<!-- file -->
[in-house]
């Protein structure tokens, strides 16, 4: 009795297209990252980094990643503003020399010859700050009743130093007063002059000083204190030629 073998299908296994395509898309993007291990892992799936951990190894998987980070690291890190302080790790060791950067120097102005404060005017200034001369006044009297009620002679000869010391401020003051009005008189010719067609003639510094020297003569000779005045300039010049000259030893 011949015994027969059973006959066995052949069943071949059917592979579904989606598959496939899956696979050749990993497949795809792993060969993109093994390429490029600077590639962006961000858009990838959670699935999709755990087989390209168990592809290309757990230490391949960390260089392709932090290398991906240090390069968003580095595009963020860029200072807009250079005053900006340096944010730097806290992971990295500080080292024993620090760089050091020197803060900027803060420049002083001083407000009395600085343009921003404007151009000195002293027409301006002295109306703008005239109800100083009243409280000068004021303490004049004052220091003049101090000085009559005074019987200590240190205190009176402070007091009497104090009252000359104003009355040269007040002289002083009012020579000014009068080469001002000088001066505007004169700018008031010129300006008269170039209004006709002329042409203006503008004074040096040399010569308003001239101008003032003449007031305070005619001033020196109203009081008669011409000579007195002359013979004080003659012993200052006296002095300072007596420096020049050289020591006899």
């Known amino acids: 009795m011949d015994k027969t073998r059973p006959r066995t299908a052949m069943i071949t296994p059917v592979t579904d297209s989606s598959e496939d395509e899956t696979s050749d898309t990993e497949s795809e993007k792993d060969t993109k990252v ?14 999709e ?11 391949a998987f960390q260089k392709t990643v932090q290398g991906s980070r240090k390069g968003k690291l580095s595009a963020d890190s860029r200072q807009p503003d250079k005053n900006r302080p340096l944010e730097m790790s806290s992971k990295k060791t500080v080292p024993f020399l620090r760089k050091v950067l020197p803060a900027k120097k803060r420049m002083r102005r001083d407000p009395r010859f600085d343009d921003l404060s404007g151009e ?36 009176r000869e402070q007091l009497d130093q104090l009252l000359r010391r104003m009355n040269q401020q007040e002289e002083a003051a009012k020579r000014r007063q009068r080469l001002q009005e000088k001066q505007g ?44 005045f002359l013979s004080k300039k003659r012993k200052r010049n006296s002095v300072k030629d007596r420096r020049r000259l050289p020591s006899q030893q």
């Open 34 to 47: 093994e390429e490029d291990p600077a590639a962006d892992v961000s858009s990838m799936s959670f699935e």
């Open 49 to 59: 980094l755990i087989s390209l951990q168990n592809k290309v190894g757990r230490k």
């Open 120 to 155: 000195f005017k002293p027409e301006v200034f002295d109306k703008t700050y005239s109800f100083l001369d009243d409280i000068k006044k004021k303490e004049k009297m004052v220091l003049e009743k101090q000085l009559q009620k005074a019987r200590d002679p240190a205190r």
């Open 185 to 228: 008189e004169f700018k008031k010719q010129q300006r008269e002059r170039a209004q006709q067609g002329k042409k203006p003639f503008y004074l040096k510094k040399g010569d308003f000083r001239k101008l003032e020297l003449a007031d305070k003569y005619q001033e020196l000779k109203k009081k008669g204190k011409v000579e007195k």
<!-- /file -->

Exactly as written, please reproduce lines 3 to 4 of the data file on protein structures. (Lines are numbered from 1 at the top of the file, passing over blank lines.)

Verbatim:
């Known amino acids: 009795m011949d015994k027969t073998r059973p006959r066995t299908a052949m069943i071949t296994p059917v592979t579904d297209s989606s598959e496939d395509e899956t696979s050749d898309t990993e497949s795809e993007k792993d060969t993109k990252v ?14 999709e ?11 391949a998987f960390q260089k392709t990643v932090q290398g991906s980070r240090k390069g968003k690291l580095s595009a963020d890190s860029r200072q807009p503003d250079k005053n900006r302080p340096l944010e730097m790790s806290s992971k990295k060791t500080v080292p024993f020399l620090r760089k050091v950067l020197p803060a900027k120097k803060r420049m002083r102005r001083d407000p009395r010859f600085d343009d921003l404060s404007g151009e ?36 009176r000869e402070q007091l009497d130093q104090l009252l000359r010391r104003m009355n040269q401020q007040e002289e002083a003051a009012k020579r000014r007063q009068r080469l001002q009005e000088k001066q505007g ?44 005045f002359l013979s004080k300039k003659r012993k200052r010049n006296s002095v300072k030629d007596r420096r020049r000259l050289p020591s006899q030893q």
């Open 34 to 47: 093994e390429e490029d291990p600077a590639a962006d892992v961000s858009s990838m799936s959670f699935e």